Grimm season 5 episode 3 review: Lost Boys

Grimm delivers a fairly workaday season 5 episode, showing only frustrating glimpses of the Wesen Uprising and Truble's disappearance...

This review contains spoilers.

5.3 Lost Boys

This third episode of the new season of Grimm is, to quite a large degree, a return to the familiar Wesen of the Week storylines that have traditionally been the show’s bread and butter.

Lost Boys sees Nick and Hank coupled up once more to fight crime – in this case it’s a group of orphaned teens with abandonment issues. The episode draws on Peter Pan (we are introduced to characters called Peter, Wendy, and the villain, Hooke) and features a gang of kids living in the wild, who decide to kidnap nice women to be their ‘mother’.

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The twist is that Rosalee’s kindness makes her a target, prompting a search and rescue mission led by Monroe.

This tale of teenage petulance takes up around ninety percent of the episode, unfortunately leaving only a few minutes to expedite the Wesen uprising storyline, and the disappearance of Truble. For the most part, the plot only served to reinforce the notion that teenagers are the worst.

On the domestic front, Nick and Adalind become closer: emotionally and literally. They move into a converted paint factory with steel shutters and an electronic entry system, with Nick concerned for all of their safety. He doesn’t actually say who they’re hiding from, so we have to presume it’s either the Royals, or the bad guys that Chavez warned him about.

The two discuss when they first set eyes on each other, mirroring a familiar conversation between a regular couple. “You were my first,” Nick tells Adalind, meaning she was the first Wesen he ever saw. She replies that he too, was her first sighting of a Grimm. This is flirting, Grimm-style.

Later on she asks Nick to share her bed, as she can’t sleep in her new surroundings – and Nick complies. It’s only a matter of time, guys. (Anorak watch update: it does come off when Nick goes to bed.)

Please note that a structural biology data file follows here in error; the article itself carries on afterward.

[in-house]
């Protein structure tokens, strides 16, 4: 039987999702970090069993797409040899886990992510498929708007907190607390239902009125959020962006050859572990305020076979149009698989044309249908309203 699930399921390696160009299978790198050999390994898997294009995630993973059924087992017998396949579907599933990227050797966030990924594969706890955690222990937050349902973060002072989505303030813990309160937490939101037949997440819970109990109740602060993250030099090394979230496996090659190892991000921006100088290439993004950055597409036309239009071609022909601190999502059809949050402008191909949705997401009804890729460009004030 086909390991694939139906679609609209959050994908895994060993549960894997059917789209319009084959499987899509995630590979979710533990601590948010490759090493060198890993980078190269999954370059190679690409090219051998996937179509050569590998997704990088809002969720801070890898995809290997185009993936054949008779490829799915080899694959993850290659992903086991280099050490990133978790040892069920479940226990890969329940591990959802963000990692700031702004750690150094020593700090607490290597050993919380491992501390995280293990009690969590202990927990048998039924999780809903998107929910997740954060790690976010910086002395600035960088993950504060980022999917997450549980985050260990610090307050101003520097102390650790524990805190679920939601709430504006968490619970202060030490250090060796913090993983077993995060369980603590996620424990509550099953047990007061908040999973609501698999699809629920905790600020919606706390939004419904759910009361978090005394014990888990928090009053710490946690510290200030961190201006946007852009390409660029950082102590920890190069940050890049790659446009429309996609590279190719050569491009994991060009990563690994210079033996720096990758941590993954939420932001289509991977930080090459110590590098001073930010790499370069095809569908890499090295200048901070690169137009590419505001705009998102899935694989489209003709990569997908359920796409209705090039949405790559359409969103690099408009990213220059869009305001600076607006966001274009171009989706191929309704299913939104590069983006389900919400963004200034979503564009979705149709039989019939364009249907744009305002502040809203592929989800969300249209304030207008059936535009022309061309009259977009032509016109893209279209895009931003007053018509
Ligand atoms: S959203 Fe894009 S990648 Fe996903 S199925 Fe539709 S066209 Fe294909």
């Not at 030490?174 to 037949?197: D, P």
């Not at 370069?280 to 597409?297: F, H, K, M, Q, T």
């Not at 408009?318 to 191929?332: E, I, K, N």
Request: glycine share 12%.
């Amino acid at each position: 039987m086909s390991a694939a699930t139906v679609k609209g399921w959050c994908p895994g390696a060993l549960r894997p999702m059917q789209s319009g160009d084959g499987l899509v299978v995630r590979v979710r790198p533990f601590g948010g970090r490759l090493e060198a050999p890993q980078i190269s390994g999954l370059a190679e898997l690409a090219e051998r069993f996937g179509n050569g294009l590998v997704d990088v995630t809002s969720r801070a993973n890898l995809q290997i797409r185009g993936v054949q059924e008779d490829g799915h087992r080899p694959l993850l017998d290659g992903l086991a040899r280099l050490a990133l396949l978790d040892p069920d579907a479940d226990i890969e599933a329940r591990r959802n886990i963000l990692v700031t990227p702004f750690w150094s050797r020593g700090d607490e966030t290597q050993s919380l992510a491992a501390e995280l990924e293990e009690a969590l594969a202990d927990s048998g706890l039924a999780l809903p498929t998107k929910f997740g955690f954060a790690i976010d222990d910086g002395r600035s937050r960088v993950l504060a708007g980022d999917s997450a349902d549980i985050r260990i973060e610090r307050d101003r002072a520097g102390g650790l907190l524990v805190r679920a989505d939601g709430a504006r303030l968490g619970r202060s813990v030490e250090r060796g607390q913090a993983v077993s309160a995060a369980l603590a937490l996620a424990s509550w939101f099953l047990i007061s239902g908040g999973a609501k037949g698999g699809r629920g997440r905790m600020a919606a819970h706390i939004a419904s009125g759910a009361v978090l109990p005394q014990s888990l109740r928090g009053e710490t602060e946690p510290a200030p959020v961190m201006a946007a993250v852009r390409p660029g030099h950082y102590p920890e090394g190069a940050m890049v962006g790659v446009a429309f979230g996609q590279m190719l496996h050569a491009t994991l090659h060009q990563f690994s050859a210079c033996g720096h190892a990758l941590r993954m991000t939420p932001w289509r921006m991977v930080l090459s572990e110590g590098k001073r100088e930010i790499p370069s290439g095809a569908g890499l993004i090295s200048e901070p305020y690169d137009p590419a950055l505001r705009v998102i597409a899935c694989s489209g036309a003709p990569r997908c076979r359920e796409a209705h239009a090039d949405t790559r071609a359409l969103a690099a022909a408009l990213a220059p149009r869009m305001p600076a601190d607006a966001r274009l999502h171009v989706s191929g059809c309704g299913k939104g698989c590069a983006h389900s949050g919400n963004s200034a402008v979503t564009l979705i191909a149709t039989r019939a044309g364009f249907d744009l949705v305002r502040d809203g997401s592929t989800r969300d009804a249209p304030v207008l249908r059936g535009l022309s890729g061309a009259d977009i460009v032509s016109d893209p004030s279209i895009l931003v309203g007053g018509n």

The only other things to note in this episode were that Meisner pays a visit to Renard, and tells him the truth, that the King is dead, and Diana is safe “with friends”.

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Interestingly, we discover that it was Viktor who engineered the assassination, put out as he was that Kenneth had replaced him in his father’s eyes. Which is odd, as Meisner is a key player in the resistance, which hates the royals. Seemingly, a deal was brokered whereby the King was killed and the resistance got to keep Diana. This puts Viktor on the throne, so will we see a return by the king of comic villainy?

Meisner asks Renard to keep his visit a secret, which will be a test of the Captain’s allegiance to Nick. My take is that he’ll keep the information to himself, until a time when it’s in his best interests to reveal it.

Finally, in the episode’s closing minutes the plot circles back to let us glimpse the dark powers behind the malevolent organisation, “Occultus Liberare”, that’s quietly waging war on humankind. It seems foster care – or ‘the system’ as it is universally referred to in US cop shows – is a hunting ground for the group, with an abundance of troubled youngsters making for the next batch of new recruits to the cause.

We also discover who – or what – Meisner was keeping locked up all this time. Fans who were worries this was the reappearance of Juliette can relax, because it’s Truble!

Meisner unlocks her call door, telling her “It’s time.” Time for what? Oh there’s the end credits.

This episode was a little frustrating, for the most, with a fairly pedestrian plot dominating the hour. However, the couple of scraps we were thrown indicate there are better things to come, particularly if Truble is to be let loose.

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We shall keep our fingers crossed for next week.

Read Christine’s review of the previous episode, Clear And Wesen Danger, here.